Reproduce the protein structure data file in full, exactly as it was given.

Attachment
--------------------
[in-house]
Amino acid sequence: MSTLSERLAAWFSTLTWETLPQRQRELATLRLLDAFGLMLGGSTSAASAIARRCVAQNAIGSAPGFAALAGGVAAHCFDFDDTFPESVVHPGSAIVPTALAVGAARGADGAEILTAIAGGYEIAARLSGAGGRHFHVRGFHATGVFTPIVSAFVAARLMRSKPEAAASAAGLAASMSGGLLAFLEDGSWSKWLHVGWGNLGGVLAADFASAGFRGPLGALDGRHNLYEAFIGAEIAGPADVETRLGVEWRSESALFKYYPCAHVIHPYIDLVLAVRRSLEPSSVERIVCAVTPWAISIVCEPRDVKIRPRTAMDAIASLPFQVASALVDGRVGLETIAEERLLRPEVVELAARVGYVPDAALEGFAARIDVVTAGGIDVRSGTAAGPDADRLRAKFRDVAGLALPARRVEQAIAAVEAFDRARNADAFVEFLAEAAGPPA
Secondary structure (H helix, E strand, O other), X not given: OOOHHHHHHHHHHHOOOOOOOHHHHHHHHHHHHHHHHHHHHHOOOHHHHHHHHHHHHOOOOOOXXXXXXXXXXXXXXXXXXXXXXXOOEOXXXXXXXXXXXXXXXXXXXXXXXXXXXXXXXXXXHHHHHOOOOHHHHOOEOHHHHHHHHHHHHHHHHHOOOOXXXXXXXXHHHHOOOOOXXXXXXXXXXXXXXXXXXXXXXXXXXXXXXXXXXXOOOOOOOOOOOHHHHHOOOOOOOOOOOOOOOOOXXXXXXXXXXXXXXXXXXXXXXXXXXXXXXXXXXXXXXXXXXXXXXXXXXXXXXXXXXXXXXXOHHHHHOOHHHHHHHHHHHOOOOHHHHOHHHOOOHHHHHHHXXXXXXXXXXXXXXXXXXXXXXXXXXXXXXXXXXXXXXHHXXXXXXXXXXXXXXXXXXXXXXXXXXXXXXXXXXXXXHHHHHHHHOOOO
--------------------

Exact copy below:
[in-house]
Amino acid sequence: MSTLSERLAAWFSTLTWETLPQRQRELATLRLLDAFGLMLGGSTSAASAIARRCVAQNAIGSAPGFAALAGGVAAHCFDFDDTFPESVVHPGSAIVPTALAVGAARGADGAEILTAIAGGYEIAARLSGAGGRHFHVRGFHATGVFTPIVSAFVAARLMRSKPEAAASAAGLAASMSGGLLAFLEDGSWSKWLHVGWGNLGGVLAADFASAGFRGPLGALDGRHNLYEAFIGAEIAGPADVETRLGVEWRSESALFKYYPCAHVIHPYIDLVLAVRRSLEPSSVERIVCAVTPWAISIVCEPRDVKIRPRTAMDAIASLPFQVASALVDGRVGLETIAEERLLRPEVVELAARVGYVPDAALEGFAARIDVVTAGGIDVRSGTAAGPDADRLRAKFRDVAGLALPARRVEQAIAAVEAFDRARNADAFVEFLAEAAGPPA
Secondary structure (H helix, E strand, O other), X not given: OOOHHHHHHHHHHHOOOOOOOHHHHHHHHHHHHHHHHHHHHHOOOHHHHHHHHHHHHOOOOOOXXXXXXXXXXXXXXXXXXXXXXXOOEOXXXXXXXXXXXXXXXXXXXXXXXXXXXXXXXXXXHHHHHOOOOHHHHOOEOHHHHHHHHHHHHHHHHHOOOOXXXXXXXXHHHHOOOOOXXXXXXXXXXXXXXXXXXXXXXXXXXXXXXXXXXXOOOOOOOOOOOHHHHHOOOOOOOOOOOOOOOOOXXXXXXXXXXXXXXXXXXXXXXXXXXXXXXXXXXXXXXXXXXXXXXXXXXXXXXXXXXXXXXXOHHHHHOOHHHHHHHHHHHOOOOHHHHOHHHOOOHHHHHHHXXXXXXXXXXXXXXXXXXXXXXXXXXXXXXXXXXXXXXHHXXXXXXXXXXXXXXXXXXXXXXXXXXXXXXXXXXXXXHHHHHHHHOOOO